Sunday, April 14, 2013

The Lazarus Experiment - Day Fourteen

From Ron:

As I write this morning, the boundaries of my backyard have moved. I did not make this happen. It was not my choice. I have no guarantee that the boundaries once established will ever return the way they were. We've had a flood.

Don't be concerned. It happens every year. And every year the majority of my yard goes submarine for a week or so. Most of the time, it returns to normal. But there are always subtle changes under there. Water just pushes things around.

Crises in our lives are like floods, pushing the boundaries around. Sometimes the changes are slow, and not dramatic--just gentle tucks and pinches here and there on the landscape of our relationships and our time.

Major turmoil, however, can completely dismantle the shape of things. Boundaries are rocked by earthquakes, seismic shifts radically alter where we say yes and where we say no. Storms and floods make changes in who we allow to love us, and who we decide to love.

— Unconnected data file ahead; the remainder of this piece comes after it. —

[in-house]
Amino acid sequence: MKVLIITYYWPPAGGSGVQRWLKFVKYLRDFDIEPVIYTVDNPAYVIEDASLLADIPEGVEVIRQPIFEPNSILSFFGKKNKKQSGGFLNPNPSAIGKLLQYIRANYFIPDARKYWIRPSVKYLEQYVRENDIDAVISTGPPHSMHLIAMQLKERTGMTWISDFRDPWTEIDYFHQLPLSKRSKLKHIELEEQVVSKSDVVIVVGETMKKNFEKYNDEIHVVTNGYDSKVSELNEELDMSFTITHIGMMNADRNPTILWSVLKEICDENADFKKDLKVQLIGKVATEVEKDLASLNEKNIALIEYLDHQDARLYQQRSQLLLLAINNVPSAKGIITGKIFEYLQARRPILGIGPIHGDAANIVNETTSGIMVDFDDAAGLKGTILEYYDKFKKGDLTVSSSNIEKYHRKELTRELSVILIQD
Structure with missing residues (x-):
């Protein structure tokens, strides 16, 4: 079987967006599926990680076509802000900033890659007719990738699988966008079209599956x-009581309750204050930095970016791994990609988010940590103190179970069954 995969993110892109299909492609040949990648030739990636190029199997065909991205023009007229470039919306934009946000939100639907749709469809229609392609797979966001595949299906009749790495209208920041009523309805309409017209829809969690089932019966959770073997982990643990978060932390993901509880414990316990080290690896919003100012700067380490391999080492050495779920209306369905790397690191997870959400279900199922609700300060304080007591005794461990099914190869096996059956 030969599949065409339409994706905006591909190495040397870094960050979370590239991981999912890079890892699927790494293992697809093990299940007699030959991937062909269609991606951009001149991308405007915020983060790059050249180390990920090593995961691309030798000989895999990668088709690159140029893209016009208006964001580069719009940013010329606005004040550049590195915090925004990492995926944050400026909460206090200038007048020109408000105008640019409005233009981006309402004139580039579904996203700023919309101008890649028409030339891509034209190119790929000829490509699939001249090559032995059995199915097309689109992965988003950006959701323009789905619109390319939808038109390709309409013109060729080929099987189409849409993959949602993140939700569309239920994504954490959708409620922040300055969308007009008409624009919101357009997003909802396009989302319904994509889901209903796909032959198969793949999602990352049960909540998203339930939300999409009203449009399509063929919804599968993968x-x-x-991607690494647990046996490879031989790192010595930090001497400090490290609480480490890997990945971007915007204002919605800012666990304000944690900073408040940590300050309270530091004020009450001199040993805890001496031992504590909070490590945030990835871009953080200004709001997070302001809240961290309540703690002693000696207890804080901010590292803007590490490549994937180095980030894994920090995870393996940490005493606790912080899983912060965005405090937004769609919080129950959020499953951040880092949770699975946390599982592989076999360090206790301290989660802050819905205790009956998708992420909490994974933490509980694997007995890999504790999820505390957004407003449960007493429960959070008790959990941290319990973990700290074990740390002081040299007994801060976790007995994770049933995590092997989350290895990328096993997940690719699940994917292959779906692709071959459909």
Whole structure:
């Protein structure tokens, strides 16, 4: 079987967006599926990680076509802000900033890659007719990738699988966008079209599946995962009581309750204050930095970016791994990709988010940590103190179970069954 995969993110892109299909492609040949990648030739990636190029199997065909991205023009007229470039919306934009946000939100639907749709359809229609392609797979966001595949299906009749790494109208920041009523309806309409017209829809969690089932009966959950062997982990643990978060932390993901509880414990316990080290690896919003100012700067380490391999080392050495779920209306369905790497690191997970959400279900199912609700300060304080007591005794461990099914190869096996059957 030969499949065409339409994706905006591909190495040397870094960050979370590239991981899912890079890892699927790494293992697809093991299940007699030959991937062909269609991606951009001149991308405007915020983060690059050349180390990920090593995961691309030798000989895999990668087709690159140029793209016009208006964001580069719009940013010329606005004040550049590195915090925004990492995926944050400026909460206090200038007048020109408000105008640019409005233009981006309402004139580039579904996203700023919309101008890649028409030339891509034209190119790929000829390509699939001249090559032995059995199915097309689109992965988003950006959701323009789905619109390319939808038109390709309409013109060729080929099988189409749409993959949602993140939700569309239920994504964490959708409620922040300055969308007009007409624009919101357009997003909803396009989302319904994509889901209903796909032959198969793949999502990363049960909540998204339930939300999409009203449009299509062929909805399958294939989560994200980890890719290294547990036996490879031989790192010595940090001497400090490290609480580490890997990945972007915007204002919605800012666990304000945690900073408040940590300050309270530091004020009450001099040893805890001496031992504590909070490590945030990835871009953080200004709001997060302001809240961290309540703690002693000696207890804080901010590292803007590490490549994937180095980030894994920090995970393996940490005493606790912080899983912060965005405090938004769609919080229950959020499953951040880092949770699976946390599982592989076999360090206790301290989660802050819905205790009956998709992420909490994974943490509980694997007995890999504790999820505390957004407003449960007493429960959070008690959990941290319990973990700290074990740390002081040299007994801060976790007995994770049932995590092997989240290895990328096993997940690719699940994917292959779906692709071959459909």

Death is the Great Boundary Shifter. Nothing rearranges the landscape of our personal lives like death. Except maybe for life after death.

The life-death-life reality for Lazarus must have disturbed his boundaries.

Boundaries are those places where we draw lines in our lives. They are the borders of where we can say "Yes - I can do that," and "No, I won't do that." Boundaries help us to determine "You can be an intimate friend," and "You are going to have to stay away."

Finding new life at the command of Jesus - like Laz did or like we did - means that a powerful force is now active and working and pushing things around. The boundaries will never be the same.

How have your boundaries changed because of new life in Jesus? What boundaries need to be changed still? If you were Lazarus, what boundaries would you re-do after you'd been brought back from death?

You're alive. Now. Maybe it's time the edges of your life reflected the truth.

Suggested Scripture For Today: Matthew 5:33-:37

Suggested Ideas:
  1. Push some edges of your life out as far as you can take them. Stop holding back.